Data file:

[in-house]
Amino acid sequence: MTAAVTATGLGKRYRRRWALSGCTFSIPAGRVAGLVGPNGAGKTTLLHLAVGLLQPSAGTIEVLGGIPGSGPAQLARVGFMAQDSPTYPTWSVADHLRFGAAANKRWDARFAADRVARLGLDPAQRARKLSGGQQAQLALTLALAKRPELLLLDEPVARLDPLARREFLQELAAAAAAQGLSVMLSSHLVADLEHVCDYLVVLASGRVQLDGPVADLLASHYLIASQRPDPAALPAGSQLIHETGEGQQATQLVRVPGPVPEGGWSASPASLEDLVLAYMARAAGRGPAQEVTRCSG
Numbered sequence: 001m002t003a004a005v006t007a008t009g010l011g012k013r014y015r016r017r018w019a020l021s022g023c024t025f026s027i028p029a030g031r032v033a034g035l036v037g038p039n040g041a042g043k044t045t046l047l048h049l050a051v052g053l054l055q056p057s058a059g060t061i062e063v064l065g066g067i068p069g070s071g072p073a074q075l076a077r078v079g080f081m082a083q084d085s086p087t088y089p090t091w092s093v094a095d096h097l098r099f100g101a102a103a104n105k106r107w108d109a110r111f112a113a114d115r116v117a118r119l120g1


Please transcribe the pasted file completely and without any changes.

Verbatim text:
[in-house]
Amino acid sequence: MTAAVTATGLGKRYRRRWALSGCTFSIPAGRVAGLVGPNGAGKTTLLHLAVGLLQPSAGTIEVLGGIPGSGPAQLARVGFMAQDSPTYPTWSVADHLRFGAAANKRWDARFAADRVARLGLDPAQRARKLSGGQQAQLALTLALAKRPELLLLDEPVARLDPLARREFLQELAAAAAAQGLSVMLSSHLVADLEHVCDYLVVLASGRVQLDGPVADLLASHYLIASQRPDPAALPAGSQLIHETGEGQQATQLVRVPGPVPEGGWSASPASLEDLVLAYMARAAGRGPAQEVTRCSG
Numbered sequence: 001m002t003a004a005v006t007a008t009g010l011g012k013r014y015r016r017r018w019a020l021s022g023c024t025f026s027i028p029a030g031r032v033a034g035l036v037g038p039n040g041a042g043k044t045t046l047l048h049l050a051v052g053l054l055q056p057s058a059g060t061i062e063v064l065g066g067i068p069g070s071g072p073a074q075l076a077r078v079g080f081m082a083q084d085s086p087t088y089p090t091w092s093v094a095d096h097l098r099f100g101a102a103a104n105k106r107w108d109a110r111f112a113a114d115r116v117a118r119l120g1